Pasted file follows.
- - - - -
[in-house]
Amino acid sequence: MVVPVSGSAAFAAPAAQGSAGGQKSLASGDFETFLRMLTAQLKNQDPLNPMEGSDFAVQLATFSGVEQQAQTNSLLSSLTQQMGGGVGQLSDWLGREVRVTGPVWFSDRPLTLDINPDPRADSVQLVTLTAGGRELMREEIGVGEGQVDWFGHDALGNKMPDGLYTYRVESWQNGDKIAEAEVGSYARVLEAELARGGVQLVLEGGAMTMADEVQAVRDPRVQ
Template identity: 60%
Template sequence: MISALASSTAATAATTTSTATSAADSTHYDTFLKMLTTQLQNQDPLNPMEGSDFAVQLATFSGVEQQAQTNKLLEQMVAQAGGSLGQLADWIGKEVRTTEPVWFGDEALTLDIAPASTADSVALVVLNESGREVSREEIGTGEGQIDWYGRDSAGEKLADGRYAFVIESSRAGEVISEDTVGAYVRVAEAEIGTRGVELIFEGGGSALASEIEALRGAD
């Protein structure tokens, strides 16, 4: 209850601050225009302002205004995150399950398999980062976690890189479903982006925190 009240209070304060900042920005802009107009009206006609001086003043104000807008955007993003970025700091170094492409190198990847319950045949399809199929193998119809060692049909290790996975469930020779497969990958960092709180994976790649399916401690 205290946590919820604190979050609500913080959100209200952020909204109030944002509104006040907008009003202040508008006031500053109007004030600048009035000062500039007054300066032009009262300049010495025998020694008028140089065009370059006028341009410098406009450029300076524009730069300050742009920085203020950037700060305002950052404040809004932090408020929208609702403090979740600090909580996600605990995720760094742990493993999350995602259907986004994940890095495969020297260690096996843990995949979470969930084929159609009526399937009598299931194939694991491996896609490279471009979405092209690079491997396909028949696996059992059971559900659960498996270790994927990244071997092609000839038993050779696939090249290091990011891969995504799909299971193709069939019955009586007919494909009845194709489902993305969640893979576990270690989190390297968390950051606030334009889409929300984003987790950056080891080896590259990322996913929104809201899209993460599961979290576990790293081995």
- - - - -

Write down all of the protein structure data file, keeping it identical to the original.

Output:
[in-house]
Amino acid sequence: MVVPVSGSAAFAAPAAQGSAGGQKSLASGDFETFLRMLTAQLKNQDPLNPMEGSDFAVQLATFSGVEQQAQTNSLLSSLTQQMGGGVGQLSDWLGREVRVTGPVWFSDRPLTLDINPDPRADSVQLVTLTAGGRELMREEIGVGEGQVDWFGHDALGNKMPDGLYTYRVESWQNGDKIAEAEVGSYARVLEAELARGGVQLVLEGGAMTMADEVQAVRDPRVQ
Template identity: 60%
Template sequence: MISALASSTAATAATTTSTATSAADSTHYDTFLKMLTTQLQNQDPLNPMEGSDFAVQLATFSGVEQQAQTNKLLEQMVAQAGGSLGQLADWIGKEVRTTEPVWFGDEALTLDIAPASTADSVALVVLNESGREVSREEIGTGEGQIDWYGRDSAGEKLADGRYAFVIESSRAGEVISEDTVGAYVRVAEAEIGTRGVELIFEGGGSALASEIEALRGAD
């Protein structure tokens, strides 16, 4: 209850601050225009302002205004995150399950398999980062976690890189479903982006925190 009240209070304060900042920005802009107009009206006609001086003043104000807008955007993003970025700091170094492409190198990847319950045949399809199929193998119809060692049909290790996975469930020779497969990958960092709180994976790649399916401690 205290946590919820604190979050609500913080959100209200952020909204109030944002509104006040907008009003202040508008006031500053109007004030600048009035000062500039007054300066032009009262300049010495025998020694008028140089065009370059006028341009410098406009450029300076524009730069300050742009920085203020950037700060305002950052404040809004932090408020929208609702403090979740600090909580996600605990995720760094742990493993999350995602259907986004994940890095495969020297260690096996843990995949979470969930084929159609009526399937009598299931194939694991491996896609490279471009979405092209690079491997396909028949696996059992059971559900659960498996270790994927990244071997092609000839038993050779696939090249290091990011891969995504799909299971193709069939019955009586007919494909009845194709489902993305969640893979576990270690989190390297968390950051606030334009889409929300984003987790950056080891080896590259990322996913929104809201899209993460599961979290576990790293081995």